Franklyn: A Moral Story but a Bad Movie

by The Discovering Alcoholic on August 14, 2009

I was invited by a good friend and fellow recovering alcoholic who shares my love for sci-fi to have his famous tacos and watch a movie this evening. The wife (she likes neither tacos nor sci-fi) was going to be working late so I jumped at the offer. The food was good, the company even better, but the movie… well it was just bad. I know it was supposed to be a puzzle that was eventually to come together in the end, but unfortunately either the time or the money ran out before they had all the pieces in place. It’s worth watching for the cognitive exercise and imagery alone, but this is no award winner.

There was a moral to the story though, and a particularly good one for those of us in recovery.

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The story is about those who have to deal with traumatic or regrettable pasts. The lesson conveyed is one of selflessness; life shouldn’t be about the people, places and things of our past- that more important is how our actions from this point on will affect these things in our future. The two main characters take different paths- one who insanely dwells on the past eventually killing himself and leaving those he left behind with sorrow and guilt. The other, also stuck in the past and with no desire for a future, finds hope and solace through support of a fellow human in need. His life becomes part of her purpose.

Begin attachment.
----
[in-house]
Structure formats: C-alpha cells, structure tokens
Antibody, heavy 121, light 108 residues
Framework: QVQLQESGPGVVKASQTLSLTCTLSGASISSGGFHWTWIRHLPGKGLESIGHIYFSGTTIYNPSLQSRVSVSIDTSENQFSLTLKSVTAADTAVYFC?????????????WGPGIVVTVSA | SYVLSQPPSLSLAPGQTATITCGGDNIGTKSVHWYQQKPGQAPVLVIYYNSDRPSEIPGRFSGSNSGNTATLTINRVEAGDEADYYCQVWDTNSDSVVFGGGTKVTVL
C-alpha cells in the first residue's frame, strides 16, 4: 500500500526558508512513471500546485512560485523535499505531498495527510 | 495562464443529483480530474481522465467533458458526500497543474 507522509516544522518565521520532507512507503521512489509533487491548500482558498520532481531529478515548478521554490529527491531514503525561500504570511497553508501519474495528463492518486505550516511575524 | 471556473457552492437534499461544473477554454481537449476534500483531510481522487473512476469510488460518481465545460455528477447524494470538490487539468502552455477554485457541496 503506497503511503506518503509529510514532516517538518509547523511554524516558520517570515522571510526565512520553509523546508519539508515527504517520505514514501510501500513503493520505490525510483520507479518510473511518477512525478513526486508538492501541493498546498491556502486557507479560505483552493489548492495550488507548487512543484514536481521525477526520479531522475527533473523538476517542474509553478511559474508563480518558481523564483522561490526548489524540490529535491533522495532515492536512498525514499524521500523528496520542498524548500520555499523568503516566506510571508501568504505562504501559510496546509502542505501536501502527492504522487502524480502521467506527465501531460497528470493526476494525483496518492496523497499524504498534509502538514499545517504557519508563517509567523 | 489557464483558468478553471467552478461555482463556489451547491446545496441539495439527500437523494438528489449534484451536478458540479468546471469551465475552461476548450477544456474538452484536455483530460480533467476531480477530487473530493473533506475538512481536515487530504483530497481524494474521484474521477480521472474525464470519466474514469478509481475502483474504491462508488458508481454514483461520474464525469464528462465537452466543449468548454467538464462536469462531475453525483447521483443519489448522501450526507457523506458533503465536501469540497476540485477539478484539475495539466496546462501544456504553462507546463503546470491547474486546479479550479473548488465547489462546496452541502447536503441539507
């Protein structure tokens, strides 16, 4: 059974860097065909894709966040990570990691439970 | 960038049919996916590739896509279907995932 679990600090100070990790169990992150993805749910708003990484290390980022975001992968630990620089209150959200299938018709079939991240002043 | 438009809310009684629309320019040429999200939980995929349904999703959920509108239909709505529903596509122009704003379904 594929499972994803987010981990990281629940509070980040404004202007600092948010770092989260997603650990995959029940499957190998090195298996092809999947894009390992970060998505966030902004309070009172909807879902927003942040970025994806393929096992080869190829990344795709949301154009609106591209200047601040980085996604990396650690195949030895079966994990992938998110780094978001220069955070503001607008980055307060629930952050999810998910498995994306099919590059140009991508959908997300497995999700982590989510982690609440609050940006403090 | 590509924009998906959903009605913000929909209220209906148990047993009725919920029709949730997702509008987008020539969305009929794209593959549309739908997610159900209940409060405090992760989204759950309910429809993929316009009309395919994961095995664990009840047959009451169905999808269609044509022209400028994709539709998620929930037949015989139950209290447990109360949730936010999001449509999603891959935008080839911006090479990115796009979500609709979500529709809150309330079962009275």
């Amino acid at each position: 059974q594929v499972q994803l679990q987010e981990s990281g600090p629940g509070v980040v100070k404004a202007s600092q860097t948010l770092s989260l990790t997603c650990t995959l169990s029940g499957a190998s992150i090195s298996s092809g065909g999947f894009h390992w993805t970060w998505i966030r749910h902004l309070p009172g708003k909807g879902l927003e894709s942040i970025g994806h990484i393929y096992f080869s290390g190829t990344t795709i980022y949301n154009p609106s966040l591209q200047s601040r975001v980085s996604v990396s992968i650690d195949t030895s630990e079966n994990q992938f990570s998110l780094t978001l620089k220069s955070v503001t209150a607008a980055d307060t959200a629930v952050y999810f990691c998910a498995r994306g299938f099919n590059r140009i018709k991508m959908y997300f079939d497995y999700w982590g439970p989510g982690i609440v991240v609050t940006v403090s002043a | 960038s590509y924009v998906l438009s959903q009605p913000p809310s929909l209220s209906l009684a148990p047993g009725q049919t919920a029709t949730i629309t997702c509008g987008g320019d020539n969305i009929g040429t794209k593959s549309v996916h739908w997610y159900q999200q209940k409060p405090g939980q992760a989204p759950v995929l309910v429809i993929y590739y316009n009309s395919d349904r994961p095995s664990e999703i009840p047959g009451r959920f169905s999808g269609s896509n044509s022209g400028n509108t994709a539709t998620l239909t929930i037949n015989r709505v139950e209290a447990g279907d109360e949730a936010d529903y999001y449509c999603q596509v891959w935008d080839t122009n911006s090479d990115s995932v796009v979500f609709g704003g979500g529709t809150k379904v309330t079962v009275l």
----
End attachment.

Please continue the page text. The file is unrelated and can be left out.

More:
While I can’t really recommend the movie, I certainly can suggest learning a lesson from it. Selfishness is the hallmark of addictive thinking, so care for and service to others is therapeutic in more ways than one. It reinforces a new outlook on life, one that does not revolve solely around self, and also builds spirituality. My personal experience is that the most memorable rewards in life occur directly as a result from my actions that provided either solace or pleasure to others. Living for just oneself does not leave much room for growth and fulfillment, mastering oneself so that you can positively affect the lives of others opens up a realm of potential and future rewards.

Don’t let the past ruin your future… or that of others that you will eventually interact and enhance.

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